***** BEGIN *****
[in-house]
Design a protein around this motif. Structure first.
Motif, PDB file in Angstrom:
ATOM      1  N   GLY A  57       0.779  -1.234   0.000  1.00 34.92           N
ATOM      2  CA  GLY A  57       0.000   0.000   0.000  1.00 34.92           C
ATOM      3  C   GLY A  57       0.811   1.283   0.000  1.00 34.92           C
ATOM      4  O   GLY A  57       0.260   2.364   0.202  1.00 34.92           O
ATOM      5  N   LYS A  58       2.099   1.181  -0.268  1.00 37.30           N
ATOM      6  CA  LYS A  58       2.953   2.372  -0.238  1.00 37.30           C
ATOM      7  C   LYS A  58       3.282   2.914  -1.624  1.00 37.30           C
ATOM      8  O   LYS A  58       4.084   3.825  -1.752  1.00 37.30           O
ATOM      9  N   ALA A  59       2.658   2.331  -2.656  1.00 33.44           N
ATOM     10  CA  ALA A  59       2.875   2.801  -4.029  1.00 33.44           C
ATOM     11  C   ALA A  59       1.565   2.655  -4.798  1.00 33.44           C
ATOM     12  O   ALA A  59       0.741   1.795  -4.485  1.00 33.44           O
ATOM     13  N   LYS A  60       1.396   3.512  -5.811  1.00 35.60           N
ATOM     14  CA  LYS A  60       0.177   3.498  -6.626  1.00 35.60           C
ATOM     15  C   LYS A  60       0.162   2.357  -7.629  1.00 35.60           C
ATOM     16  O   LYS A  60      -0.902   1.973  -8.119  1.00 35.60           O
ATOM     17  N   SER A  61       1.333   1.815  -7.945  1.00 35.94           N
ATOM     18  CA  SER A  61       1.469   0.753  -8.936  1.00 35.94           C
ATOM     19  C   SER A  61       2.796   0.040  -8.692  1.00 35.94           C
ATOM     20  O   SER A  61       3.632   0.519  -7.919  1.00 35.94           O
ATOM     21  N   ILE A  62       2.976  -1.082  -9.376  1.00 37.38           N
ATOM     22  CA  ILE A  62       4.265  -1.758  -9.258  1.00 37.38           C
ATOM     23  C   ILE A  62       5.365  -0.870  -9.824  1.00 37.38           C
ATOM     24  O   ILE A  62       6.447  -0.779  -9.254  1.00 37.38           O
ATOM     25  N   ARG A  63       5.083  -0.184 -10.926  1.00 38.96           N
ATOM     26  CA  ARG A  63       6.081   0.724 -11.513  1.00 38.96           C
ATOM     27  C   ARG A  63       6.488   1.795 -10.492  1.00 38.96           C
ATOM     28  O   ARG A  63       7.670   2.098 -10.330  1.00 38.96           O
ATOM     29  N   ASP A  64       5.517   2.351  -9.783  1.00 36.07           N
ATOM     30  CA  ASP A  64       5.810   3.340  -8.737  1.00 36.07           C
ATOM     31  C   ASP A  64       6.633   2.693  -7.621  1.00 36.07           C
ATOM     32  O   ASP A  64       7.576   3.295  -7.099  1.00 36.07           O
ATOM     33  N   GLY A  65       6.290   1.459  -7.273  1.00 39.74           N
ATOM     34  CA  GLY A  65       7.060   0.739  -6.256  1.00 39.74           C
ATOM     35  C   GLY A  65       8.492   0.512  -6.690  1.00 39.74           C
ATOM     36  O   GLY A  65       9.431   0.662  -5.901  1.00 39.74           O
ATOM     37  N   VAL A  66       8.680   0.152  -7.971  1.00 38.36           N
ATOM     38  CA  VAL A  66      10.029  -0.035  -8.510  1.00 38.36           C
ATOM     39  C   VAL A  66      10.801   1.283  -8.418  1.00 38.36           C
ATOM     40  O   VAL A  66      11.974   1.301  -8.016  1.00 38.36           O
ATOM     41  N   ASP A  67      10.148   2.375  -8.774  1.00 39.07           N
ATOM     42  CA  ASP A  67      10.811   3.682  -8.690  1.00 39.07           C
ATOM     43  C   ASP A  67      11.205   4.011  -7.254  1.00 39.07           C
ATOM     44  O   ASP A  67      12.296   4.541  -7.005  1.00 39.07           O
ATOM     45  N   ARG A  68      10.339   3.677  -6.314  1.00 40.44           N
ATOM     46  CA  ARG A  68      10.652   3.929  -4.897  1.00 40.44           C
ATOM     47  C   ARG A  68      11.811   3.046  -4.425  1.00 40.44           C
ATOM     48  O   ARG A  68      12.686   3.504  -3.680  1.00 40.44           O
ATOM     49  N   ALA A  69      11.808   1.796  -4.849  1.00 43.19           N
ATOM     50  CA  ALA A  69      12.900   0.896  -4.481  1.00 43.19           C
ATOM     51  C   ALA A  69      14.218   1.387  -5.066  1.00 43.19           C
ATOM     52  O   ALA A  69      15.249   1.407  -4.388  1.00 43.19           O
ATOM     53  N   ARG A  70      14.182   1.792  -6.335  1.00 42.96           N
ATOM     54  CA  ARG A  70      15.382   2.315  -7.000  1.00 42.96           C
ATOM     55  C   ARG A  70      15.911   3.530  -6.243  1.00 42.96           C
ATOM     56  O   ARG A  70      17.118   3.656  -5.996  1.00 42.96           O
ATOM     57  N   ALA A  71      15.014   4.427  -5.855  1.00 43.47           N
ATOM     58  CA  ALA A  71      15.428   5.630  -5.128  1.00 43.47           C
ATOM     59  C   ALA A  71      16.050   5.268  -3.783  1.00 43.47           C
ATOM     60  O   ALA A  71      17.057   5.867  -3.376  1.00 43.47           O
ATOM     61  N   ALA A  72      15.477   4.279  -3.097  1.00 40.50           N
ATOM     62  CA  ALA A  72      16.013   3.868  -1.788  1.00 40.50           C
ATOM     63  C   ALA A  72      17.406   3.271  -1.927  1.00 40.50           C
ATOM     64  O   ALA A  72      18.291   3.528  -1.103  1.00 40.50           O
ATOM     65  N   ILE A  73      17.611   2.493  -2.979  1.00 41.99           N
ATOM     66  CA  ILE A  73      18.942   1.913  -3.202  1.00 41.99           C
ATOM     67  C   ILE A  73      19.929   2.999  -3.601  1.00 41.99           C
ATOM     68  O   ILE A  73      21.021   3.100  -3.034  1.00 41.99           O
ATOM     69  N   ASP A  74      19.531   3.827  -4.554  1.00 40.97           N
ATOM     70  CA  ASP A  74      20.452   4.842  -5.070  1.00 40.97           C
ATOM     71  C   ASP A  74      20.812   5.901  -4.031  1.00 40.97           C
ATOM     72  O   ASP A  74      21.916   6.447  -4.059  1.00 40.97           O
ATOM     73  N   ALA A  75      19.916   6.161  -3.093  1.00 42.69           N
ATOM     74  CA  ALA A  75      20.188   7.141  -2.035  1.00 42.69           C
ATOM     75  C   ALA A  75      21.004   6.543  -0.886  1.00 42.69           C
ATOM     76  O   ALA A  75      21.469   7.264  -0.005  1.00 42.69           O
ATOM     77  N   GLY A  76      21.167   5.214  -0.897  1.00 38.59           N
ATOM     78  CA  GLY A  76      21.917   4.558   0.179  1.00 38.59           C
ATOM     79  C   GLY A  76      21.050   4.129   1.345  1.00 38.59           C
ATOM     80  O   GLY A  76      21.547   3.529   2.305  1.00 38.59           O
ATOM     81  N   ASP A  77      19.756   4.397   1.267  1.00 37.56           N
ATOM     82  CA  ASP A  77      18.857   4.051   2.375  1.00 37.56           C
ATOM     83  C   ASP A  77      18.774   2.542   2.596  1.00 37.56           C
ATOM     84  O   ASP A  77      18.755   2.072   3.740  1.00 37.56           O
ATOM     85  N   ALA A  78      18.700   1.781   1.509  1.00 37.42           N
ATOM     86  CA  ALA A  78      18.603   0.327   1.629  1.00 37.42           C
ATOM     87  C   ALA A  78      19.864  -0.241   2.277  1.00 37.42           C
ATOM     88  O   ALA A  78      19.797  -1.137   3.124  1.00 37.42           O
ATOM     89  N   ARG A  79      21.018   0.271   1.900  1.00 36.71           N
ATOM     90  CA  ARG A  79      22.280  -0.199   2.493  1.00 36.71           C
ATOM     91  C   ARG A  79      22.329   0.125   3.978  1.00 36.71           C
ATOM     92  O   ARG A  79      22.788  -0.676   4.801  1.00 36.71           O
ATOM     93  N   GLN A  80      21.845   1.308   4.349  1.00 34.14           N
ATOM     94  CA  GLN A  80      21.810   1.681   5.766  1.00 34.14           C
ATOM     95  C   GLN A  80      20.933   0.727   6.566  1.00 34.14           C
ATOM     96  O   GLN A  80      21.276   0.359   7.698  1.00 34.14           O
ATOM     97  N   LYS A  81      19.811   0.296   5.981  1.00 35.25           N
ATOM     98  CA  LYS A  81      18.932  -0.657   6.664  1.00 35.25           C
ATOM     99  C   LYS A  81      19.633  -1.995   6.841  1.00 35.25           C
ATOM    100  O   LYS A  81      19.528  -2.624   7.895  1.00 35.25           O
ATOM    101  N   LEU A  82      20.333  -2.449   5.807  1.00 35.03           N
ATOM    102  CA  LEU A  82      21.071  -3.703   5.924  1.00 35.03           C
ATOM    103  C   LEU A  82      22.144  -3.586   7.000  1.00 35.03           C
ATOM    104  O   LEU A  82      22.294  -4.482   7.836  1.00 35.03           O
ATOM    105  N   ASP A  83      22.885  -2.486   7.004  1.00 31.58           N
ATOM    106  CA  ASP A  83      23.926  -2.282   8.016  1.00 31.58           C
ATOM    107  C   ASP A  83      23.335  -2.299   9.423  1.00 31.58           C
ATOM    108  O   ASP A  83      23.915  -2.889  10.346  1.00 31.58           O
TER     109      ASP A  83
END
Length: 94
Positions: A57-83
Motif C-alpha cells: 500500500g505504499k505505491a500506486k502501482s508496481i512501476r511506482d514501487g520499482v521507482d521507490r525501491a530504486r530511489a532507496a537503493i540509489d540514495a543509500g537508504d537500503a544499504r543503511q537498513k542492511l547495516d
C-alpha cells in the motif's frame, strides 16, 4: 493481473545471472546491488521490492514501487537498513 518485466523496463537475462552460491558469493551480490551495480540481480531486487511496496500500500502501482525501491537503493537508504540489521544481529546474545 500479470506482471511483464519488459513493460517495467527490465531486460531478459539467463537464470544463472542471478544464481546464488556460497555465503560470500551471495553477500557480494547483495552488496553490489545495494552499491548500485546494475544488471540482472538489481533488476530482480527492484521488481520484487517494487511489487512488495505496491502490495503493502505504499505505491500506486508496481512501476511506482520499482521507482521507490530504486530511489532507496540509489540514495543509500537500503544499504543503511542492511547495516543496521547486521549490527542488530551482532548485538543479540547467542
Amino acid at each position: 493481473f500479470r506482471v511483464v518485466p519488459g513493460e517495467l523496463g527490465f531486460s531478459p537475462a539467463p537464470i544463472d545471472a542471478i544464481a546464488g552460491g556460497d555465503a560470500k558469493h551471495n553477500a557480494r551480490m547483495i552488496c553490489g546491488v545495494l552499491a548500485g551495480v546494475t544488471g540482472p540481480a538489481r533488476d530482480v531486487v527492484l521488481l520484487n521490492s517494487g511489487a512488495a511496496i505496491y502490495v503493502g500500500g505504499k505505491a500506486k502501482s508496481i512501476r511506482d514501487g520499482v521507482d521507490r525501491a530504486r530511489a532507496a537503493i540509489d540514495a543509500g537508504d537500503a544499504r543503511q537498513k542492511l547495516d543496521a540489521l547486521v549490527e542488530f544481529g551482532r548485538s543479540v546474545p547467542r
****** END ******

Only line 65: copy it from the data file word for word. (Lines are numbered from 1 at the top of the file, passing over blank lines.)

ATOM     62  CA  ALA A  72      16.013   3.868  -1.788  1.00 40.50           C